Saturday, October 04, 2014

A Yellow Swan, maybe?...

Could the remarkable yields from much of the southern and eastern Corn Belt be classified as a Black Swan event? I don't think anyone came close to predicting it until late in the summer, and I don't think any crop observer would have given even 1% odds of a national yield over 175.

For example, this is Darrel Good as late as August:

Our analysis of USDA yield forecasts for corn over 1990-2013 did not reveal any evidence of bias in August, September, October, or November.   There is compelling evidence that the accuracy of USDA corn yield forecasts has improved over time, particularly since 2011.  It is especially interesting to note that USDA corn yield forecast errors in 2012 were extremely small, with the August forecast exactly equal to the final estimate.  This performance was exceptional given the severe drought that occurred in the summer of 2012. What, if anything, do these results imply about the ongoing debate about the direction of USDA corn yield forecasts in remaining Crop Production reports during 2014?  While it is, of course, true that longer-term trends in accuracy will not necessarily dominate in any particular year, an unusually large August forecast error this year (5 percent or more) would definitely be counter to the trend towards increasingly accurate USDA corn forecasts over time. (More)

USDA August = 167.4, so 5% error = 8.4.
Anything over 175.8 would be a greater than 5% error.

I'd say the unpredictable part is confirmed.

The second characteristic - disproportionate consequences, suddenly looks more likely as well. We don't know when the freefall will end or how we will use up this ~15B bu. of corn. Business plans and retirement calculations for producers are in shreds. Fertilizer applications have stopped. Seed dealers are not popular.

The third characteristic - it seems obvious looking back - is already occurring.

And we can't stop talking about cash rents.

Oddly enough, on that note there could be a double whammy here. As high payers are trying negotiate lower, more word about what the going rate actually was is filtering out, I think. People who have been getting the same $180 while the next door field was paying $350 are finding out and are not amused. Again, unforeseen and disproportionate consequences.

How resilient each operation is depends on a variety of factors, but regardless nobody is going to be hauling much margin out of the field with the prices where we are now, let alone where they could go. What happens next spring if we are looking at corn in the $2.75 or lower range and beans around $8?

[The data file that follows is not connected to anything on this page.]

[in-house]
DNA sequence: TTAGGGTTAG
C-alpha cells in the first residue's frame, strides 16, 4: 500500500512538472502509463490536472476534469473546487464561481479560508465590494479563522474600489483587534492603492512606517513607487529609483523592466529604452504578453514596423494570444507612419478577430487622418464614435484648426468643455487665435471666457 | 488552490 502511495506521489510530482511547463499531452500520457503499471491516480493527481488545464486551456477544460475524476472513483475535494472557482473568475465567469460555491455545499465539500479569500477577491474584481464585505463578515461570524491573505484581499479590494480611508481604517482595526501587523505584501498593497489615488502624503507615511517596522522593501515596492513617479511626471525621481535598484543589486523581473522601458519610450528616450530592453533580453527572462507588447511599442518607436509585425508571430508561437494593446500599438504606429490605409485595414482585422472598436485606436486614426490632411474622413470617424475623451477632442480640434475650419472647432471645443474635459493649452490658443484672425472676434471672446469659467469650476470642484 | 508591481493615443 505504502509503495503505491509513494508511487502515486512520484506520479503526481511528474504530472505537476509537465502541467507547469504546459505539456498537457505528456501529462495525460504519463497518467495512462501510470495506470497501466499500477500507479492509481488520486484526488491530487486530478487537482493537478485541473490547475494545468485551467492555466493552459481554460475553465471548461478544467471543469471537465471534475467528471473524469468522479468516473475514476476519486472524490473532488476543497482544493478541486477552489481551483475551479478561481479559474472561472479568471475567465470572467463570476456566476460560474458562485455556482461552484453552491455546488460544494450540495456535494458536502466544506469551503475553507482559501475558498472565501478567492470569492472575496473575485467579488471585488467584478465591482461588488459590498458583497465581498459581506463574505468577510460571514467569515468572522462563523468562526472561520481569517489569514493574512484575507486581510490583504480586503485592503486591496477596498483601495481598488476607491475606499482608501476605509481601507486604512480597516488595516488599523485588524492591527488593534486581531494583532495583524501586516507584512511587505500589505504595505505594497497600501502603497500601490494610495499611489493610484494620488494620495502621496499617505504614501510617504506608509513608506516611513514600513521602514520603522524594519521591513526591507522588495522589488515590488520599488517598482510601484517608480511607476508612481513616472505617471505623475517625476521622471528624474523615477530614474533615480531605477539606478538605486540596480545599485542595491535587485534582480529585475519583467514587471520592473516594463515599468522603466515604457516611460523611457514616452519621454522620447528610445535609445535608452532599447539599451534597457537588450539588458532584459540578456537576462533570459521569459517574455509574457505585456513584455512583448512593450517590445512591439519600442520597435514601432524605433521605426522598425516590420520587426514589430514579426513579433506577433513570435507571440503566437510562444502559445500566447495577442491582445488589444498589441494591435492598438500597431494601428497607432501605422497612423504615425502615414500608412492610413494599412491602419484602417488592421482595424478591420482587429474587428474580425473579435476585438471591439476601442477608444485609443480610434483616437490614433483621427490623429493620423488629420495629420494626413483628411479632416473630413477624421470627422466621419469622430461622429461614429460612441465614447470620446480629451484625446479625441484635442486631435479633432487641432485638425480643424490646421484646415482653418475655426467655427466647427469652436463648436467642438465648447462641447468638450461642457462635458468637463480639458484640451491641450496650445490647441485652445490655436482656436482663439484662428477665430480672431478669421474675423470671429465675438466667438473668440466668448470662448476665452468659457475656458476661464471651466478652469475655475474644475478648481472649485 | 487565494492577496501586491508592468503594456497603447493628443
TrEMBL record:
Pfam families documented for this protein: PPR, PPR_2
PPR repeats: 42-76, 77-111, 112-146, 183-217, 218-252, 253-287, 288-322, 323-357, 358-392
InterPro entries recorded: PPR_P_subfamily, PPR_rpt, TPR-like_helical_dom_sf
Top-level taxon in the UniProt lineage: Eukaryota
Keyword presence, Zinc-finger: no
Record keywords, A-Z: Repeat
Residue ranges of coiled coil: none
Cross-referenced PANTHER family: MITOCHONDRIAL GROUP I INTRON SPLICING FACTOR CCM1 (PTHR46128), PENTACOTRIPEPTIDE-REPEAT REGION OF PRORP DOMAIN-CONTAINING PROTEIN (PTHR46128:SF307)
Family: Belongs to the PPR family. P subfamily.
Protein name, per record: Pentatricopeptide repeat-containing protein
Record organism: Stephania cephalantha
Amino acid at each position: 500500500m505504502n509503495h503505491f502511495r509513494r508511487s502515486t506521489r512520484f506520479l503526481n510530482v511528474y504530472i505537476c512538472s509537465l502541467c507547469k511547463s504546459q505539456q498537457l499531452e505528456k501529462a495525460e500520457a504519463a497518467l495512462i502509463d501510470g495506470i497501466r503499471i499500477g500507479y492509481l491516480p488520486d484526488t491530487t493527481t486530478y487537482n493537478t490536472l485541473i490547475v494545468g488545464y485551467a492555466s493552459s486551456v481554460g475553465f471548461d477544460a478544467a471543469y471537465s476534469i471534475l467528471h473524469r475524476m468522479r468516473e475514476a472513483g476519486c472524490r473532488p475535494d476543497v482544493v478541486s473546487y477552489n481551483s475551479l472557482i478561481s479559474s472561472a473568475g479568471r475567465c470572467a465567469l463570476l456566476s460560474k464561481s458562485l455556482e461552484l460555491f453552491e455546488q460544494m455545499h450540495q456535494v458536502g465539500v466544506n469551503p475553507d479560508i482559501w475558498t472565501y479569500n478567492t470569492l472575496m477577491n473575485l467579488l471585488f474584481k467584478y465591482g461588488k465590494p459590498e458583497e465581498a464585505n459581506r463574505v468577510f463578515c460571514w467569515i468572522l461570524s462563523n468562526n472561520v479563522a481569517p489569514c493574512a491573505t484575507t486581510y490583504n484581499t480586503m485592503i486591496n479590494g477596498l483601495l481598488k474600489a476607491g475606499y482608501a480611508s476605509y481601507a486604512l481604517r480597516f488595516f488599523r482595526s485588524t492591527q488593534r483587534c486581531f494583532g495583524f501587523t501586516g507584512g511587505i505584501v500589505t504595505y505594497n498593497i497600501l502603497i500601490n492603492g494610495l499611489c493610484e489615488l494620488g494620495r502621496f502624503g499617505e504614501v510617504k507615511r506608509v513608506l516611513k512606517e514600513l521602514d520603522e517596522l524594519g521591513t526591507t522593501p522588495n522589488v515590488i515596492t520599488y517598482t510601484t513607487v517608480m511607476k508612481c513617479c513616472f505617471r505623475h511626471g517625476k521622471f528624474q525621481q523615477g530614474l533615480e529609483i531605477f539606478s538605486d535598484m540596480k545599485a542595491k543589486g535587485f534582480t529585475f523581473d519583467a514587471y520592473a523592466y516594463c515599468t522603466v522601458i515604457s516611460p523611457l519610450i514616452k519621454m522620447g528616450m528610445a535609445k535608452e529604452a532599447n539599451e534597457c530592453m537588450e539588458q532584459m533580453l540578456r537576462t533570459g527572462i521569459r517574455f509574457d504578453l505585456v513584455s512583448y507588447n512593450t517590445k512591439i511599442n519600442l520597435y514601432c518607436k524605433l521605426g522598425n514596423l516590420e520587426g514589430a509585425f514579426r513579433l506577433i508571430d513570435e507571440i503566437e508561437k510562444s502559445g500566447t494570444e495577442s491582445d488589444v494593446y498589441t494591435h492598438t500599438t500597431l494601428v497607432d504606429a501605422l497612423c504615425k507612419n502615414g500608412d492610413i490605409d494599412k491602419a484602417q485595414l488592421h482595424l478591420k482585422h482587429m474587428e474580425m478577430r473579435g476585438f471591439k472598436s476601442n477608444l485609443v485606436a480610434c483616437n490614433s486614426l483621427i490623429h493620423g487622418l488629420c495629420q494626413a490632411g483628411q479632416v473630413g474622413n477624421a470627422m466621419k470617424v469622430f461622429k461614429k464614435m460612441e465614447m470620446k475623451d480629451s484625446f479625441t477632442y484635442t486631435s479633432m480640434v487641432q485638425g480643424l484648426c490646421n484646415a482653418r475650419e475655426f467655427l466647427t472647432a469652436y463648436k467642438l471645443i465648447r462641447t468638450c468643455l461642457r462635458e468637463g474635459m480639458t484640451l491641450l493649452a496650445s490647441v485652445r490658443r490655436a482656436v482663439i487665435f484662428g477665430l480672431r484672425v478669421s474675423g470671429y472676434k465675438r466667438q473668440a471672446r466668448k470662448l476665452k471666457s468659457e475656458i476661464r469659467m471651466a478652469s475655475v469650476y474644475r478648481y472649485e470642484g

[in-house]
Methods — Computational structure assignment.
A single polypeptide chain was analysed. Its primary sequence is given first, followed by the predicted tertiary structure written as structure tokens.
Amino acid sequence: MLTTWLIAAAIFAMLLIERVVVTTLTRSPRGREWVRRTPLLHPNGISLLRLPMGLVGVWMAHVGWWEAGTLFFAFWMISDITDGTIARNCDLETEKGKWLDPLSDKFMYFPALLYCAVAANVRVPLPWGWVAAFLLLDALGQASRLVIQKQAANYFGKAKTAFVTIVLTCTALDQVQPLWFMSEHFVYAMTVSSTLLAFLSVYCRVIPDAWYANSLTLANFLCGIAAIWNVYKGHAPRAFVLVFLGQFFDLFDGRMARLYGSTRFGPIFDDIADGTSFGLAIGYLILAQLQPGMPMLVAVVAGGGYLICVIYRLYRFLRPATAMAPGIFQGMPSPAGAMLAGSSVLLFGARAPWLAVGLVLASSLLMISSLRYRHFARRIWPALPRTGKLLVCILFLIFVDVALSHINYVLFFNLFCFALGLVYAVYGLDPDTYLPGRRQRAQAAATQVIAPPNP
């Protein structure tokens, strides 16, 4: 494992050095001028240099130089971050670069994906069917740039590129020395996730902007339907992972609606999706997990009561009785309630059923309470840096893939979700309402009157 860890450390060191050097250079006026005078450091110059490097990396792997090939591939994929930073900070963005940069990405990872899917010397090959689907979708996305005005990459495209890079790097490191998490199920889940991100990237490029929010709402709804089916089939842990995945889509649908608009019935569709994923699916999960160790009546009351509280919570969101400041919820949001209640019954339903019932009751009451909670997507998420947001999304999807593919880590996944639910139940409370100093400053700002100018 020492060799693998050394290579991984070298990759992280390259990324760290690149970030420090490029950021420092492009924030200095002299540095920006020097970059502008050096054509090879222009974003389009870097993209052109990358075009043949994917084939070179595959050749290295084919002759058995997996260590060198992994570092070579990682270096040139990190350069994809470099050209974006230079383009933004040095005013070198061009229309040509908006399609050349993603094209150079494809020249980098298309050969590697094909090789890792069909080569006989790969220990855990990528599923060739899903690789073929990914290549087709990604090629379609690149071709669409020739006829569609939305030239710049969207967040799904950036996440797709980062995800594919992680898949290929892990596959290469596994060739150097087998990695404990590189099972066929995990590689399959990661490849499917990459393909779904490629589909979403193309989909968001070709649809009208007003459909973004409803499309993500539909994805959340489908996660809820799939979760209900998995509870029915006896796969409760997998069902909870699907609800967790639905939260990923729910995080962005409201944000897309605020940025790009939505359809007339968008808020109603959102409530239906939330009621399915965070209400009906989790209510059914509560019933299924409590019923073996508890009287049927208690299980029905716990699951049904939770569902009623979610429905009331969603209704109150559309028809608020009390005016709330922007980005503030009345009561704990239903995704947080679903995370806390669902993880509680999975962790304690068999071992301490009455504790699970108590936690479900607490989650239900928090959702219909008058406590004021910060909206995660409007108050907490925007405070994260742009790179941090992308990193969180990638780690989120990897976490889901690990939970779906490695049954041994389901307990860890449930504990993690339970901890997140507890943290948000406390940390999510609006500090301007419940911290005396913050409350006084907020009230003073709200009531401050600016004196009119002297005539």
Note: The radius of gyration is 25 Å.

• Will banks lend for a deeply red ink budget?
  • Will there be a rush to the exit from Boomers?
  • Will seed and fertilizer retailers blink?
  • We we surprise the market again with Black Swan acres?
  • Will Washington step in?
  • [Fill in your speculation here]
 I don't think we can rule out wild reactions if this isn't a spike down but a splat. Frankly, I'm not sure what our plan will be.


Chuck said...

Welp, we're still sitting here in NE Indiana. Corn is over 30% and it rains every day or two, so soybeans are out of the question too.

And if the rain doesn't stop pretty quick we're looking at no wheat for 2015.

Hard to get overwhelmed by all the good news as I'm looking out my back door.

John Phipps said...


Nothing worse than being the guys not invited to the party. I noticed my anxiety and anger built as the incredible yields from MO came in a few weeks ago, and there is reason to believe we have reached peak hype on the eventual yield. Still more observers are closing in on 180.

Also I would not after I shot my commentary about yields on USFR this weekend, our later beans and corn have dropped to great, from spectacular.

We're rained out as well, but finished beans. I beginning to be convinced on the strategy of planting beans as early as corn and dare the frost to show up. We run two planters and planting date a seemed to be the the strongest correlation.

Actually I did it this year because I anticipated and early harvest premium. And for two days it was great, but allowed me to get rid of unpriced bushels.

Of course, we can kiss that idea goodbye for a few years.

Hope the weather gets better in your part of the world - and you get some happy surprises.

Anonymous said...

I have been waiting for years for "blood in the streets" opportunities to get back into agriculture.

I'm not yet sure if this is it. If lots and lots of debt were thrown into the mix, then I would be a bit more optimistic about bargain hunting.

John Phipps said...


I have some theories on that scenario I will lay out presently. If you like, e-mail and we can discuss.

Anonymous said...

John on your comment about taking a frost risk on early soybeans some of the guys on the grain corn fringe area say soys take frost better than corn. Corn will survive because of growing point is still underground but it will take pretty cool temperatures to do soys in. We don't worry about frost as by the time we can plant in the rain belt frost is long gone.As far as waiting to get in to production Ag with lower prices it will be a few years away as everyone I know still is in a buying mood if prices would retreat some. The guys that will feel the pain the earliest will be the machinery dealers. regards-kevin

Bob said...

We no-tilled beans about 20 years ago in early May (N IL). About 2 weeks later, they were all killed by frost. Neighbor's beans planted in tilled fields survived. We surmised that the cornstalks in our fields reflected the morning sunlight, while the black fields on the other side of fences warmed up and saved their beans. We no-tilled replant beans; yields were good. We still no-till in early May, if possible.